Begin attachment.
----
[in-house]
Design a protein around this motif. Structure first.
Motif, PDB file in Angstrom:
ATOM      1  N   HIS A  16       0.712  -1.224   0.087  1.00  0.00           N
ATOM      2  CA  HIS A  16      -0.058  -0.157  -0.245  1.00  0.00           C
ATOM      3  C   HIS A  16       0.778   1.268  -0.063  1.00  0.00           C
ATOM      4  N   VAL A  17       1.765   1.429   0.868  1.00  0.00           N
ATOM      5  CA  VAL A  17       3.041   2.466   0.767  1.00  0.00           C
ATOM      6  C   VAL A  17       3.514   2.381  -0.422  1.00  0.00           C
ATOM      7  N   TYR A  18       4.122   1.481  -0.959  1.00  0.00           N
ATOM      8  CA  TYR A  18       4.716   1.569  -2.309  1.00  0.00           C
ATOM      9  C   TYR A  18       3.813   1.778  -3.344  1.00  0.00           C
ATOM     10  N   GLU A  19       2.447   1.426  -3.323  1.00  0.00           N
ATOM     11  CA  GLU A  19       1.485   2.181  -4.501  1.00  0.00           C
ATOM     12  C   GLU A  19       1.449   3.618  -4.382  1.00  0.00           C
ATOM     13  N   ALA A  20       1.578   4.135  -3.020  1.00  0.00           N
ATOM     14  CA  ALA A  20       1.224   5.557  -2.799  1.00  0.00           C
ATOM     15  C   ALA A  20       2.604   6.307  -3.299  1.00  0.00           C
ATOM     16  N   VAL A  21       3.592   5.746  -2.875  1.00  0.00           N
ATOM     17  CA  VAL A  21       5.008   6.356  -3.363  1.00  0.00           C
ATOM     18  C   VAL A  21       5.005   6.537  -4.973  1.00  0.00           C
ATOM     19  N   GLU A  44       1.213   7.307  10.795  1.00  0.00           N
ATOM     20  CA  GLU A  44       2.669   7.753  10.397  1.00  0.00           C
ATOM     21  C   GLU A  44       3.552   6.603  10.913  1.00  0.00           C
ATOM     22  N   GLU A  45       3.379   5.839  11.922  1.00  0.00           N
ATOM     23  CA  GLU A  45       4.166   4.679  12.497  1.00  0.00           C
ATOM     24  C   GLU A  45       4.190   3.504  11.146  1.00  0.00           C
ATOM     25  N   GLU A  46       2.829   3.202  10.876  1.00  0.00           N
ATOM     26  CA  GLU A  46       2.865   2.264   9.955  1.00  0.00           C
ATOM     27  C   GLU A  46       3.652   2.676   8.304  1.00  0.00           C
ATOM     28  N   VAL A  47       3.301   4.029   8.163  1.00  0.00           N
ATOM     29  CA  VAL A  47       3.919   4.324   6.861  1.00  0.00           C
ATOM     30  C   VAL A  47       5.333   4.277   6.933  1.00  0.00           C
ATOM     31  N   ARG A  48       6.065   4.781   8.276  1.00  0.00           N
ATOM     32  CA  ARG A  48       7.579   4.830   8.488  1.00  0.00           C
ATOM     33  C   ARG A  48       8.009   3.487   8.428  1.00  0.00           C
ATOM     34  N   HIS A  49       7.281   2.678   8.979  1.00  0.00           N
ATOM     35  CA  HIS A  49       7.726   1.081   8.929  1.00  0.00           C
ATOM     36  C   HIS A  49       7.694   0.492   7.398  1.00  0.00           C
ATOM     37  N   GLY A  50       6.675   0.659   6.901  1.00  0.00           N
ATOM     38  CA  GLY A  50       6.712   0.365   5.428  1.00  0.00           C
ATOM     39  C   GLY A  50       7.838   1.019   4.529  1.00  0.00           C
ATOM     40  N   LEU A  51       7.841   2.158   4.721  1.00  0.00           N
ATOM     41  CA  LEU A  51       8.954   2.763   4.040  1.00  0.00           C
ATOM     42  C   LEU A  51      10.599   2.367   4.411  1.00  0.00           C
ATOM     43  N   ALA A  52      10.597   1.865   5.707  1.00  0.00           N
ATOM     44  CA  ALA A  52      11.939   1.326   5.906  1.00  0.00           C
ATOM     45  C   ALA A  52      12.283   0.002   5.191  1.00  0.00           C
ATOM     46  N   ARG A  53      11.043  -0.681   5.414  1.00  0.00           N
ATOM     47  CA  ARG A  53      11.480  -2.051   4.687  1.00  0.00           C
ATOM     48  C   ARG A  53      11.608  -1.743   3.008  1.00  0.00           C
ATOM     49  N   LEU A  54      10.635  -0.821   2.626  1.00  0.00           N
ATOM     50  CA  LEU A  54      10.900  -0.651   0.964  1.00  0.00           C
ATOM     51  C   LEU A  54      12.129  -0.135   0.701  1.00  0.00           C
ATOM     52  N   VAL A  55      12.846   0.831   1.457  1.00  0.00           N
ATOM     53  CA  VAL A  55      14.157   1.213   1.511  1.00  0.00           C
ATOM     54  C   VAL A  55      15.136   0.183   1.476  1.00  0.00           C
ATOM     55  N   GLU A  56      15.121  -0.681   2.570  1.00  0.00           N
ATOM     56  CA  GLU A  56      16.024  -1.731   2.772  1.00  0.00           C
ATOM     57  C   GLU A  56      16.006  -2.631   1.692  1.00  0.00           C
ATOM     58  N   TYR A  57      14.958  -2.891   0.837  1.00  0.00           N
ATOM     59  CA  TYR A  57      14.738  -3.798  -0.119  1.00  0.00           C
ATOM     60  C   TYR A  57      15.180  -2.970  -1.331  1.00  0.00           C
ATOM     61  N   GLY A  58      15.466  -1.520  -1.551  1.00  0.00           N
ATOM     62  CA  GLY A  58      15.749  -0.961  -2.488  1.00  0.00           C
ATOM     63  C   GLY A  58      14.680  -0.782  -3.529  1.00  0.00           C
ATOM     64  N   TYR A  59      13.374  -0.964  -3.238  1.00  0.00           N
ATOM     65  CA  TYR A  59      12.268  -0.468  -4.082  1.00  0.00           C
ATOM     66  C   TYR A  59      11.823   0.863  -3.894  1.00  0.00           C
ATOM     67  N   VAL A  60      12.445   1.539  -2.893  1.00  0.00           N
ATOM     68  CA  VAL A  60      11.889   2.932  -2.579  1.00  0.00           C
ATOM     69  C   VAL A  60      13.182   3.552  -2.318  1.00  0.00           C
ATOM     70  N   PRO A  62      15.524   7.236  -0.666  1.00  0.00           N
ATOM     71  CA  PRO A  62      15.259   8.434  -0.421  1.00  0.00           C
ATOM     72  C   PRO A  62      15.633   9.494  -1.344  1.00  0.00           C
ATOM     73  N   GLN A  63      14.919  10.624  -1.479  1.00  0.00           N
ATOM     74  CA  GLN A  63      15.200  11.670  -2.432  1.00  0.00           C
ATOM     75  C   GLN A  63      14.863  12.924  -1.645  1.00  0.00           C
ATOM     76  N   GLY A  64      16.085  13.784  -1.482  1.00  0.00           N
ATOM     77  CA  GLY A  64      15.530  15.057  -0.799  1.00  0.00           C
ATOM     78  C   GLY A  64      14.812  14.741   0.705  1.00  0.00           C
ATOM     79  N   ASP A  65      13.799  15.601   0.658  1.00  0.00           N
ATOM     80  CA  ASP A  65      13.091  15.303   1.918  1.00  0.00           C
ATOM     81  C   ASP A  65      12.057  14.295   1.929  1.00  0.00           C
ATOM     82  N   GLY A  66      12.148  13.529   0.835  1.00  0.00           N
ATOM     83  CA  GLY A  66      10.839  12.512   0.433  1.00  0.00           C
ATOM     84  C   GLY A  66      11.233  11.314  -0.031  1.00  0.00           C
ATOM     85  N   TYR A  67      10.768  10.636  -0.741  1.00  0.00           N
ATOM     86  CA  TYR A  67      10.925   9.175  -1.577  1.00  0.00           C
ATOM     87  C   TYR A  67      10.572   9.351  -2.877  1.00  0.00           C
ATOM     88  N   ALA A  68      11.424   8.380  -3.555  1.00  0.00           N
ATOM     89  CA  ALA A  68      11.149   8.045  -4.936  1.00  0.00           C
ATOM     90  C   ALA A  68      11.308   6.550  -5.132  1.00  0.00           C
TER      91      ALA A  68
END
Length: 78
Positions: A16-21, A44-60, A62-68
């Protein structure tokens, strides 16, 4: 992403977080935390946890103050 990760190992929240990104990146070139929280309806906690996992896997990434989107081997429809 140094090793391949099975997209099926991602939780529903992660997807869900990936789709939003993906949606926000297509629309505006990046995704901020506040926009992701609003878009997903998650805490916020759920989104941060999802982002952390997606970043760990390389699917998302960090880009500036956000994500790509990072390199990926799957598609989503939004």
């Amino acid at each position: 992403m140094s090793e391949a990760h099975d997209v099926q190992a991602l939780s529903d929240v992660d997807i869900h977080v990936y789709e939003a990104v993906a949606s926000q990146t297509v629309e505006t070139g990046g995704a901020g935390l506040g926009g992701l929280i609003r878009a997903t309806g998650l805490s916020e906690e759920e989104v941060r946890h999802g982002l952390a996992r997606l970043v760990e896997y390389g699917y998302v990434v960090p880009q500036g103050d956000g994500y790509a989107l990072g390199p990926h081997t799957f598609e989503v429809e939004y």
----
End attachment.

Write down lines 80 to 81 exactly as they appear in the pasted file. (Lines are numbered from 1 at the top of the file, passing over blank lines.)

ATOM     77  CA  GLY A  64      15.530  15.057  -0.799  1.00  0.00           C
ATOM     78  C   GLY A  64      14.812  14.741   0.705  1.00  0.00           C